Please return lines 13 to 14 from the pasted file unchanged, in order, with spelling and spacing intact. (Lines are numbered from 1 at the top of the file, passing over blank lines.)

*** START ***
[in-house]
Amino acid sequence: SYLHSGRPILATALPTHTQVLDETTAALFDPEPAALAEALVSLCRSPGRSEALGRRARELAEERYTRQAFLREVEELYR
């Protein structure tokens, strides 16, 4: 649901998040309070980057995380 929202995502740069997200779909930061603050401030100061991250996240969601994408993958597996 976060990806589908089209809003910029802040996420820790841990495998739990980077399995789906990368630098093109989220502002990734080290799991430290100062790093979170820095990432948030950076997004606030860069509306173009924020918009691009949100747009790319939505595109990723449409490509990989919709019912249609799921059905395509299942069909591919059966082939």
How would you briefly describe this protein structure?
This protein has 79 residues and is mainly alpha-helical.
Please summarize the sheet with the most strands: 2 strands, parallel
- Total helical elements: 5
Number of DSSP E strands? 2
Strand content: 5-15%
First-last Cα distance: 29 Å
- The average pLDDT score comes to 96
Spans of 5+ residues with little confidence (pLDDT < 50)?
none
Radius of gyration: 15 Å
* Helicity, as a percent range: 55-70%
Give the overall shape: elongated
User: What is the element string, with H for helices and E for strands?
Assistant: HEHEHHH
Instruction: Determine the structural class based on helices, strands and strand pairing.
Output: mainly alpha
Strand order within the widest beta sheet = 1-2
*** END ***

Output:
none
Radius of gyration: 15 Å